When a fund you’ve invested in leaves our First 50 Funds, should it be a cause for concern?
I started investing this year, using the Moneywise First 50 Funds for investment ideas, and I invested in the Fidelity Moneybuilder Income fund. However you’ve dropped it from your list in favour of the BlackRock Corporate Bond fund. What should I do?
Using Moneywise’s First 50 Funds is a great way to choose your investments, especially if you’re starting out and the prospect of picking from thousands of funds can seem daunting.
All of the funds that make the list have been selected for their performance, charges and suitability for a novice investor.
Keeping an eye on the list is sensible but Danny Cox, chartered financial planner at Hargreaves Lansdown, says it’s not necessary to be a slave to what makes the top 50. “When a fund moves off an investment service’s preferred list, it does not necessarily mean it’s a sell,” he explains. “It’s unusual for any investment to turn from a ‘buy’ to a ‘sell’ quickly and usually, moving off a list means it becomes a ‘hold’. It’s usually because there is an alternative fund the service favours more.”
It’s important to understand why the fund has fallen off the list. In the case of the Fidelity Moneybuilder Income fund, it’s because the manager, Ian Spreadbury, retired at the end of 2018 after managing the fund for 25 years.
As fund performance can be affected when a manager leaves, his departure warranted closer inspection. This found that it wasn’t performing as well as a similar fund, BlackRock Corporate Bond.
While the prospect of higher returns makes the BlackRock fund a good choice for anyone starting out, Patrick Connolly, chartered financial planner at Chase de Vere, says this is only part of the story. “The Fidelity fund takes a defensive approach, with a focus on downside protection. This means it tends to underperform in a stronger market, such as we’ve seen in the past three to five years. In more difficult times, it is likely to outperform.”
He adds that as both funds have very similar yields and charges, the decision to stay with the Fidelity fund or switch to BlackRock should come down to how you feel the market will perform in the next few years.
As well as carefully weighing up the investment potential of the two funds, it’s also important to consider the cost of switching.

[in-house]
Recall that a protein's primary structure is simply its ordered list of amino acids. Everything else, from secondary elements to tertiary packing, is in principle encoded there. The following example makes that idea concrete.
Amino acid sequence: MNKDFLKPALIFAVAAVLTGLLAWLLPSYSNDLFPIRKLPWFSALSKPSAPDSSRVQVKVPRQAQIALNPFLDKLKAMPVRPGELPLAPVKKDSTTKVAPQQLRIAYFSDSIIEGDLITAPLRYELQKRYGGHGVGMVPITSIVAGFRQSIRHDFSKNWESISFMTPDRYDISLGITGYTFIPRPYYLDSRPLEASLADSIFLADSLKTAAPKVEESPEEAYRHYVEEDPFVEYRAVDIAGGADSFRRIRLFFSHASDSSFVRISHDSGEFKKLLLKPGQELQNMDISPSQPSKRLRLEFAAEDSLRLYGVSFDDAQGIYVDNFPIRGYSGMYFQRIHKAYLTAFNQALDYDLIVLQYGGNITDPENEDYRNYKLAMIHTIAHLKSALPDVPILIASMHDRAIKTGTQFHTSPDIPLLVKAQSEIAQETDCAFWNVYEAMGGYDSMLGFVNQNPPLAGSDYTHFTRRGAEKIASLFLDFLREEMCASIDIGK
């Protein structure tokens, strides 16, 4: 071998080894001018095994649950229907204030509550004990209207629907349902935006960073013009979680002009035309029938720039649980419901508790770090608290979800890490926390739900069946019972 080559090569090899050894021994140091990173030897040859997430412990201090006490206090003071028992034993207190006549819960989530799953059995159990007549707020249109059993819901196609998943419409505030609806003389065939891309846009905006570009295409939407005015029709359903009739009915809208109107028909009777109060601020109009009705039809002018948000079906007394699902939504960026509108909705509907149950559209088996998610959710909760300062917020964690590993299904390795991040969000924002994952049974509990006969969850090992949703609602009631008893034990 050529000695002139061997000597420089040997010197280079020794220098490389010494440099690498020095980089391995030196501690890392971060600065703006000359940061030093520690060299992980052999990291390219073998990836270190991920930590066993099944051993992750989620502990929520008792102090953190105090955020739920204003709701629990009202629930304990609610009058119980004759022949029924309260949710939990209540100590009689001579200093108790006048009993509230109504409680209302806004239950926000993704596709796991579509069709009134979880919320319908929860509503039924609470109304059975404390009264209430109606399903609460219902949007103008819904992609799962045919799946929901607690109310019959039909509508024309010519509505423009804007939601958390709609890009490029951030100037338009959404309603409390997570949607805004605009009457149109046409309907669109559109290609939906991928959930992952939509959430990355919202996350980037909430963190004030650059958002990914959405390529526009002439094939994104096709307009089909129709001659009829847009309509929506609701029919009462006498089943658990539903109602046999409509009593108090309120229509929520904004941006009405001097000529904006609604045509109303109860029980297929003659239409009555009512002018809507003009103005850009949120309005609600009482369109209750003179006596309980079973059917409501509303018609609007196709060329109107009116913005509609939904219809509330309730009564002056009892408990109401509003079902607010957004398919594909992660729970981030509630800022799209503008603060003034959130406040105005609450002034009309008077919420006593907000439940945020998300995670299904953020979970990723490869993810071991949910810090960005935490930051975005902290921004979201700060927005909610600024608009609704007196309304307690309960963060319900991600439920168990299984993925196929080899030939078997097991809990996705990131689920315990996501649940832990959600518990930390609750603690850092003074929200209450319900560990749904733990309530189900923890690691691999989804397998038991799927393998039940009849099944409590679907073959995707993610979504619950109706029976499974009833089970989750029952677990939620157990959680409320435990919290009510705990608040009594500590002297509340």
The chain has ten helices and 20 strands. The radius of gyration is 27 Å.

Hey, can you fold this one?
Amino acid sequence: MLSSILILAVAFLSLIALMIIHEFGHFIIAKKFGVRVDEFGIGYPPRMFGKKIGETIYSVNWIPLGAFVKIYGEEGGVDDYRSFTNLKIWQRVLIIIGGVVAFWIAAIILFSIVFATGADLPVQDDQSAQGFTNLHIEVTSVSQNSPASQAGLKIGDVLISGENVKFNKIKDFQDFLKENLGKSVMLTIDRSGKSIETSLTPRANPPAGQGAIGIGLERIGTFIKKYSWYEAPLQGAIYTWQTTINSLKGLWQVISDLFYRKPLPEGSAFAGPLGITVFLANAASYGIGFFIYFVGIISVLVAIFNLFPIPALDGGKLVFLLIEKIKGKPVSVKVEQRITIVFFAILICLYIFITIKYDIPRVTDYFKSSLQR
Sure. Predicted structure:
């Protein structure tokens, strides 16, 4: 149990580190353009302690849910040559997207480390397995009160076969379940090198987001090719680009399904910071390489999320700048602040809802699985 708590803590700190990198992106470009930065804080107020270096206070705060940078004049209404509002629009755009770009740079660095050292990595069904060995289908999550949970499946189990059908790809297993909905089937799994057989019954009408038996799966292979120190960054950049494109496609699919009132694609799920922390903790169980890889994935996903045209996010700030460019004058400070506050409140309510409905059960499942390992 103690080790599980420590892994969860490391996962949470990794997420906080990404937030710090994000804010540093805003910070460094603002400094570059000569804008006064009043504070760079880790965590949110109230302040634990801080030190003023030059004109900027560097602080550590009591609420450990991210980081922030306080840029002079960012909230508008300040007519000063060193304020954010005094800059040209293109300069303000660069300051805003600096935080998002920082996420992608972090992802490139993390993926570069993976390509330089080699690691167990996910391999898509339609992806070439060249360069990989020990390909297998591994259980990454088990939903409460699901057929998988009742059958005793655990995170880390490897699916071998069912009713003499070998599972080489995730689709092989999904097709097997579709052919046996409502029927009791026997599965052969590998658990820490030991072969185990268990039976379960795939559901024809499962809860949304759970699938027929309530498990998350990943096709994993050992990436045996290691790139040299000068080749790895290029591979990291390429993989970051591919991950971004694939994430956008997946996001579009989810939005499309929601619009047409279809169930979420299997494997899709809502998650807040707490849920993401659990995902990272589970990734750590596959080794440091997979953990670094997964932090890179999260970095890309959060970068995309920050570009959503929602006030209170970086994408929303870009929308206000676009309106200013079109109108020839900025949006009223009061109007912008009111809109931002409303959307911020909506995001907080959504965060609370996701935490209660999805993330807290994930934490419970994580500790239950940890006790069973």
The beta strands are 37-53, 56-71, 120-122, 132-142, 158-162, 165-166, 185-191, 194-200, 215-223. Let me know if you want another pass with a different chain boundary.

Where the difference in performance is likely to be marginal, any uplift could be lost as a result of the charges you will incur.
Hannah Owen, financial planner at Quilter Private Client Advisers, says that platform charges should always be carefully considered to ensure they suit your style of investing. She explains: “If you’re on a platform that charges for fund switches, you should choose funds and stick with them unless there is a really good reason to move, such as extremely poor performance or any concerns about the future of the fund.”
If you do decide that the costs and the performance prospects mean a switch is your best option, this is easy to do. “Transferring between funds is very simple,” says Mr Connolly. “If your investments are held on a platform you can do it all online and it should only take a few minutes.”
If you don’t already hold your investments in an Isa, and you have available allowance, transfer them into this tax-efficient wrapper. Mr Cox explains: “The benefit of an Isa is you can switch investments without any tax consequences. Outside of an Isa wrapper, a switch could trigger a capital gains tax charge if you made a significant profit.”
Rather than switching out of the Fidelity fund, you might decide to leave your money where it is.
“Both of these are good funds – you don’t need to switch because it’s no longer on the list,” says Mr Connolly. “But remember that the funds you hold should be based on your circumstances, what you’re trying to achieve and how much risk you’re willing and able to accept.”
If you do stick, you could simply redirect future payments that were intended for the Fidelity fund to the BlackRock fund. By doing this, you spread your portfolio across funds with different investment styles, and with this diversification helping to reduce risk.
Do you have a question for the Investment Doctor? Email firstname.lastname@example.org
SAM BARRETT writes for Money Observer, FTAdviser.com and Insurance Post